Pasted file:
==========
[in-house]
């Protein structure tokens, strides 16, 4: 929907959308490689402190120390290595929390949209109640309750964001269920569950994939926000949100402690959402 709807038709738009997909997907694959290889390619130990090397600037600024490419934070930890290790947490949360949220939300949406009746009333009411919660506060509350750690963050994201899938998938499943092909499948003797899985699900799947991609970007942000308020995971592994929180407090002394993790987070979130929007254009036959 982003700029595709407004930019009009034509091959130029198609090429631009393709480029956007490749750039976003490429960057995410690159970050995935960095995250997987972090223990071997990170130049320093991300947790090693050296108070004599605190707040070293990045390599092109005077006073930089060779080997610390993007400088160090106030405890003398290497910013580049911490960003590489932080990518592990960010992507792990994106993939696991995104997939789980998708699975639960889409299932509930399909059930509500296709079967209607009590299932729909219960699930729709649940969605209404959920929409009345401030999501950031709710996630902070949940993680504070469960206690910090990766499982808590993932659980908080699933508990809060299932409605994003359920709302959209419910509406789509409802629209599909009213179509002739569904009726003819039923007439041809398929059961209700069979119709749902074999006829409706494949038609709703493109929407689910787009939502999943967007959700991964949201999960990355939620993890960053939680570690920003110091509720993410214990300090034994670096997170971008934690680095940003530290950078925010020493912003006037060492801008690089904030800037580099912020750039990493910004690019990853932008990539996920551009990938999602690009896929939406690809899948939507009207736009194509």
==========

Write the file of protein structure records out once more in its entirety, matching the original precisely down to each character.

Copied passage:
[in-house]
């Protein structure tokens, strides 16, 4: 929907959308490689402190120390290595929390949209109640309750964001269920569950994939926000949100402690959402 709807038709738009997909997907694959290889390619130990090397600037600024490419934070930890290790947490949360949220939300949406009746009333009411919660506060509350750690963050994201899938998938499943092909499948003797899985699900799947991609970007942000308020995971592994929180407090002394993790987070979130929007254009036959 982003700029595709407004930019009009034509091959130029198609090429631009393709480029956007490749750039976003490429960057995410690159970050995935960095995250997987972090223990071997990170130049320093991300947790090693050296108070004599605190707040070293990045390599092109005077006073930089060779080997610390993007400088160090106030405890003398290497910013580049911490960003590489932080990518592990960010992507792990994106993939696991995104997939789980998708699975639960889409299932509930399909059930509500296709079967209607009590299932729909219960699930729709649940969605209404959920929409009345401030999501950031709710996630902070949940993680504070469960206690910090990766499982808590993932659980908080699933508990809060299932409605994003359920709302959209419910509406789509409802629209599909009213179509002739569904009726003819039923007439041809398929059961209700069979119709749902074999006829409706494949038609709703493109929407689910787009939502999943967007959700991964949201999960990355939620993890960053939680570690920003110091509720993410214990300090034994670096997170971008934690680095940003530290950078925010020493912003006037060492801008690089904030800037580099912020750039990493910004690019990853932008990539996920551009990938999602690009896929939406690809899948939507009207736009194509």